Toronto Fashion Week Gets Democratic

Fall is in the air, which brings with it some fashion conundrums. Can you still wear white? Are sandals a faux-pas? is it too early to bust out the fur?  It also breeds enthusiasm for the pending, World MasterCard Toronto Fashion Week (try saying that 3 times over).  So mark you calendars: October 21 to 26 is a fashion frenzy!

We can expect to see the usual suspects on the runway, Pink Tartan, Joe Fresh, Sid Neigum, Rudsak, Bustle, etc. But this year, we see something new. On Saturday October 26, the entire day is dedicated to the consumer. That’s right, the gilded gates have been opened for those who don’t qualify to obtain an industry or media pass. CanadaFashionLaw has discussed this with some other fashionistas and was surprised to hear them scoff at this development.  Frankly, this was a little disappointing (and near-sighted).

Canada’s fashion industry needs Canadian consumers to be its champion.  Opening up fashion week to the consumer is a fantastic catalyst!  Also, hosting an open house breaks down the (some would say elitist) barriers of the fashion industry and allows all to access the fabulousness of it all!  Also, let’s face it.  There’s a good opportunity to make a little profit out of this endeavor.  All in all, it’s a win-win.

In fact, CanadaFashionLaw’s going to grab an extra ticket and take her mom so that she can see all the fan-fare!  Hope to see you there, too!  (Hi mom!)


Banking on Patriotism to Help Launch Your Brand?

Emerging Canadian designers oftentimes target the Canadian market before venturing off into more lucrative international pastures.  Pulling on the patriotic heartstrings of Canadian consumers can be a useful marketing strategy: “support Canadian talent, buy Canadian fashion”.  This is all fair and valid…but it is important to know that the Canadian Competition Bureau is watching you.

The Competition Bureau is an independent law enforcement agency that governs competition in the marketplace.  It wants to make sure that everybody is playing fair.  The Competition Bureau has taken it upon itself to ensure that Canadian product claims are valid.  Last year the Competition Bureau issued guidelines (“Made in Canada Claims” and “Enforcement Guidelines Relating to ‘Product of Canada’”).  These guidelines kick in only when you start to claim and promote that your merchandise is from Canada.  If you don’t make any country of origin claims, these guidlines do not apply.  Also, these guidelines only relate to non-food products.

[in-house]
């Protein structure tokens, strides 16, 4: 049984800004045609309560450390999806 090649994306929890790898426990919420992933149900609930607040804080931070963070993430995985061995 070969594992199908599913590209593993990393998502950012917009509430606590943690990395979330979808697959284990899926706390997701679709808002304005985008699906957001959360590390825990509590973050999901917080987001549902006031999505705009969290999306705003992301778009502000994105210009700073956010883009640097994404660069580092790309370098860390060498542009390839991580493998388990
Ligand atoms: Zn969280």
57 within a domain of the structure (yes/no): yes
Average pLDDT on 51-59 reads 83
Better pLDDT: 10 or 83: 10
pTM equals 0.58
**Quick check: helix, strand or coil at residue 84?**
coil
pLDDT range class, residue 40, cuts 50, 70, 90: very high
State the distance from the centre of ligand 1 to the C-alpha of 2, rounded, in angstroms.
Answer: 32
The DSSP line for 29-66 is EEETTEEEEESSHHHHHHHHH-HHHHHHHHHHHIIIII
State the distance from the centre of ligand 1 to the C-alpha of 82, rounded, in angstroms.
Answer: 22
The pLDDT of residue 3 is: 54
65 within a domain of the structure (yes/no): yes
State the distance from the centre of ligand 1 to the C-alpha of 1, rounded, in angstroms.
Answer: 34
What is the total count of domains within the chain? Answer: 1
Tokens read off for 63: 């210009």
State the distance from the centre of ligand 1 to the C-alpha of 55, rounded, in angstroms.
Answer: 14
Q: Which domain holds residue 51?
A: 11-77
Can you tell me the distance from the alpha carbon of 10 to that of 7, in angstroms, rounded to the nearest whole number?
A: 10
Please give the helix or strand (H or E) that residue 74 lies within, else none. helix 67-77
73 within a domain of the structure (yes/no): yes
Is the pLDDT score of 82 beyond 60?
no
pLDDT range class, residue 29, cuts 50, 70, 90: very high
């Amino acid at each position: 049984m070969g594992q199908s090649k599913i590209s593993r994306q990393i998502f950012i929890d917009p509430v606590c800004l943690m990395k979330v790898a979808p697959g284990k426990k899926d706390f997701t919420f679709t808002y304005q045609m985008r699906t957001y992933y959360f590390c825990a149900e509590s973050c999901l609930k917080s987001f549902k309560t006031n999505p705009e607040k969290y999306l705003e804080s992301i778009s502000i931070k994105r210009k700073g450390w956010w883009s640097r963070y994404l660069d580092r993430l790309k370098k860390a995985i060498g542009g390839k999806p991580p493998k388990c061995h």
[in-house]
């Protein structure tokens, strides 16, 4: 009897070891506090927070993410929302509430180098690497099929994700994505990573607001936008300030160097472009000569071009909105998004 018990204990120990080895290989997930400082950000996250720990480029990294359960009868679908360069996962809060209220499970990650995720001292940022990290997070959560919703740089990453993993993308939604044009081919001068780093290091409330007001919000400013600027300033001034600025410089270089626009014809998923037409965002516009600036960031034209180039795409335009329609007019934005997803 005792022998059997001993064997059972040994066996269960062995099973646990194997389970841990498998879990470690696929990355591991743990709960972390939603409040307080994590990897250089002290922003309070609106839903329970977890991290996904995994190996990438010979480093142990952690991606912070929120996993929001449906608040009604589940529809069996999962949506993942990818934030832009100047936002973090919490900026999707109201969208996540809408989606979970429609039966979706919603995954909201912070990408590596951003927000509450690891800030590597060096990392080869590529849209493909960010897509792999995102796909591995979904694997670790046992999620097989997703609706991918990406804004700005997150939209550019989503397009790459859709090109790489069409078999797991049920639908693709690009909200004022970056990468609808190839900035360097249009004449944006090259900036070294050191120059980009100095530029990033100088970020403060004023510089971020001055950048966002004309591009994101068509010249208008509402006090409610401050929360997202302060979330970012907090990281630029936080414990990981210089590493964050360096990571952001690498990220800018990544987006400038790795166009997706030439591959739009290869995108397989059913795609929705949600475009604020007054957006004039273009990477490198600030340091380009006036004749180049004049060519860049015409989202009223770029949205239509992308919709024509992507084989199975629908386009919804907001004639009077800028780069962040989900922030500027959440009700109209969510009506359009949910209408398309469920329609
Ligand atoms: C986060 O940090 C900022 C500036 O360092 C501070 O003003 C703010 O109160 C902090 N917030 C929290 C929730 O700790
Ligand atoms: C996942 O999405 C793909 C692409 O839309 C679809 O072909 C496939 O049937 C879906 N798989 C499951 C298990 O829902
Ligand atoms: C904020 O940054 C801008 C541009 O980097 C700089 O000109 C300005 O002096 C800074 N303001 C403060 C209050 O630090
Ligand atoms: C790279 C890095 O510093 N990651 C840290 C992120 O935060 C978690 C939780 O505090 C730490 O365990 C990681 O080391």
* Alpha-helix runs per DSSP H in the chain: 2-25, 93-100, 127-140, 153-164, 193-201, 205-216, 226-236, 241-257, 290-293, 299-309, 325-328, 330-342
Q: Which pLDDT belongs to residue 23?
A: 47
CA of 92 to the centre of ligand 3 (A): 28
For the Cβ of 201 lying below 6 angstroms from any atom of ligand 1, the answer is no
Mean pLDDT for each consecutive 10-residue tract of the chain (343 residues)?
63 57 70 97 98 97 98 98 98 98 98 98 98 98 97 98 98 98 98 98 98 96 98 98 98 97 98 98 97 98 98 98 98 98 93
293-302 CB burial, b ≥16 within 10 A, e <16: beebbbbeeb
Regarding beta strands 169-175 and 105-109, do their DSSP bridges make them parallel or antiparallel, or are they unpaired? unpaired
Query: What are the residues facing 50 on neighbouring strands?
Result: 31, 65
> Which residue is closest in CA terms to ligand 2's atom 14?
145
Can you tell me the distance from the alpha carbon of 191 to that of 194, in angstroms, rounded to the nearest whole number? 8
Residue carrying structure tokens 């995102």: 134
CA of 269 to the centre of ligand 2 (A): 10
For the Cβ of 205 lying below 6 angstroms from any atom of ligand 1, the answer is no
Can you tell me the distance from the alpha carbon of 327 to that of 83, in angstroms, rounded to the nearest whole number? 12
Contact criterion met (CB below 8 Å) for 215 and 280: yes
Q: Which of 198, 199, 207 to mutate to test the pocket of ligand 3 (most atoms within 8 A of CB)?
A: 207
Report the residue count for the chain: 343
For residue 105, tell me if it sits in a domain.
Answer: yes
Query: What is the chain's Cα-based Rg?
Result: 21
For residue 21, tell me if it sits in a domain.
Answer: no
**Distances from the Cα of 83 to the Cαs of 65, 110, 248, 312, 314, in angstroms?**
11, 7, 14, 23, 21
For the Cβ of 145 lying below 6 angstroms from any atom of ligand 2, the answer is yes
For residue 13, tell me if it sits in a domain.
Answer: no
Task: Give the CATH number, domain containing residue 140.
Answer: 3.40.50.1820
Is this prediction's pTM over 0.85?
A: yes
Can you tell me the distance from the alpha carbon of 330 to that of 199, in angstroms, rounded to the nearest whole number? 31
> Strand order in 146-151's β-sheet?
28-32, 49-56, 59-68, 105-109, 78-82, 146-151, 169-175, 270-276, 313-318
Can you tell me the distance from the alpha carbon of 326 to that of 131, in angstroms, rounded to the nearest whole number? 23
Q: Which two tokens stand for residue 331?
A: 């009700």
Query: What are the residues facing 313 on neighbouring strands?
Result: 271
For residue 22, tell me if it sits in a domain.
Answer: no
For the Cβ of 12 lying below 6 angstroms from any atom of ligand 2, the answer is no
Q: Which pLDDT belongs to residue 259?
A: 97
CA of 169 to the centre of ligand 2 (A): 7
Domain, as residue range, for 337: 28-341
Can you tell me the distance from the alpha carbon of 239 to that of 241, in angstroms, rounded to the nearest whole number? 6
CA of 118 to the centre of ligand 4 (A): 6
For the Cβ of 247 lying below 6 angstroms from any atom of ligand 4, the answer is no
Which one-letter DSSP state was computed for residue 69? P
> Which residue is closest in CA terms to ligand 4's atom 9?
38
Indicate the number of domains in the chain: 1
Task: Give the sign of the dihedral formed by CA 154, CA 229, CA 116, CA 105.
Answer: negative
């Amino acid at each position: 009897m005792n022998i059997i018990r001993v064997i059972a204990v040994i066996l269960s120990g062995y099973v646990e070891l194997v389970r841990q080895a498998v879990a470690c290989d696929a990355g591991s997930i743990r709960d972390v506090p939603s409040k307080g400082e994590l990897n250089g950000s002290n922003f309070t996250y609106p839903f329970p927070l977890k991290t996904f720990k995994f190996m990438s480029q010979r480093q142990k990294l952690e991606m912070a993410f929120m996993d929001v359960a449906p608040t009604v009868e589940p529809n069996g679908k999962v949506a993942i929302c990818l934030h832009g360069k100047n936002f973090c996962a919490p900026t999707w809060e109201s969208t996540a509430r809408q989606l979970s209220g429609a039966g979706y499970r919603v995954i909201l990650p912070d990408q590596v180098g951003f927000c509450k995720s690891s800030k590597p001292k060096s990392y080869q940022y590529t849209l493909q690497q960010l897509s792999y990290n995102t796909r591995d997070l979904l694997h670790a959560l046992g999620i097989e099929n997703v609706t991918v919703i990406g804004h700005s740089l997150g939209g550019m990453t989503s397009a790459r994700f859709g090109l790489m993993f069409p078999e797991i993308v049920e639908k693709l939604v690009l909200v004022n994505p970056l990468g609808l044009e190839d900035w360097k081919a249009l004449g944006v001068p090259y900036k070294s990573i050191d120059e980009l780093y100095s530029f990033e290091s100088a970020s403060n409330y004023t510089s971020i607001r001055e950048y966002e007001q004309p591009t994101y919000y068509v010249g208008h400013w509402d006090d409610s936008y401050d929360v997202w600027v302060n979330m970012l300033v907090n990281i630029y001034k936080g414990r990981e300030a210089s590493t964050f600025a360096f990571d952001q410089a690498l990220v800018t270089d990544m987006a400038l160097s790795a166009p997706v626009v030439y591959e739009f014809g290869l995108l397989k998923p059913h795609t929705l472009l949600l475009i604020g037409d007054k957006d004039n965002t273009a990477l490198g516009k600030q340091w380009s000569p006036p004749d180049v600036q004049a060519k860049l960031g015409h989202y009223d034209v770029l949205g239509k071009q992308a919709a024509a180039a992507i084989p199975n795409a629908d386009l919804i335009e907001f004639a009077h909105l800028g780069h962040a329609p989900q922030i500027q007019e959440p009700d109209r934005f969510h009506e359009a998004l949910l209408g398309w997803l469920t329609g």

There are two possible patriotic claims, “Made in Canada” and “Product of Canada”, which have different thresholds to satisfy.

Made in Canada:

The requirements to make this claim are easier to satisfy:

a)                 the last substantial transformation of the goods must have occurred in Canada; and

b)                 at least 51% of the costs of producing or manufacturing the goods have occurred in Canada.

If you claim that your product is “Made in Canada”, a qualifying statement must also be included.  For example: “Made in Canada with imported materials”.

If you do not expressly include the term “Made in Canada”, the Competition Bureau may interpret suggestive marketing ploys to insinuate that the product was Made in Canada, such as pictures of the Canadian flag or the maple leaf.  Thus, these criteria apply.

Product of Canada:

This claim has a higher threshold to satisfy:

a)                 again, the last substantial transformation of the goods must have occurred in Canada; and

b)                 at least 90% of the costs of producing or manufacturing the goods have occurred in Canada.

Breaking This Down

The “last substantial transformation” means that the goods are fundamentally changed in form, nature or appearance so that they appear new.

“Costs of producing or manufacturing” includes labour costs and costs to produce the materials.  It generally does not include overhead costs.

What Happens if you Don’t Comply?

The Competition Bureau can enforce the guidelines.  If you insinuate that your product is Canadian when it does not comply with these guidelines, the Competition Bureau can look to the Competition Act for enforcement.  False or misleading representations in relation to product advertising can elicit substantial monetary fines and, in some instances, criminal liability.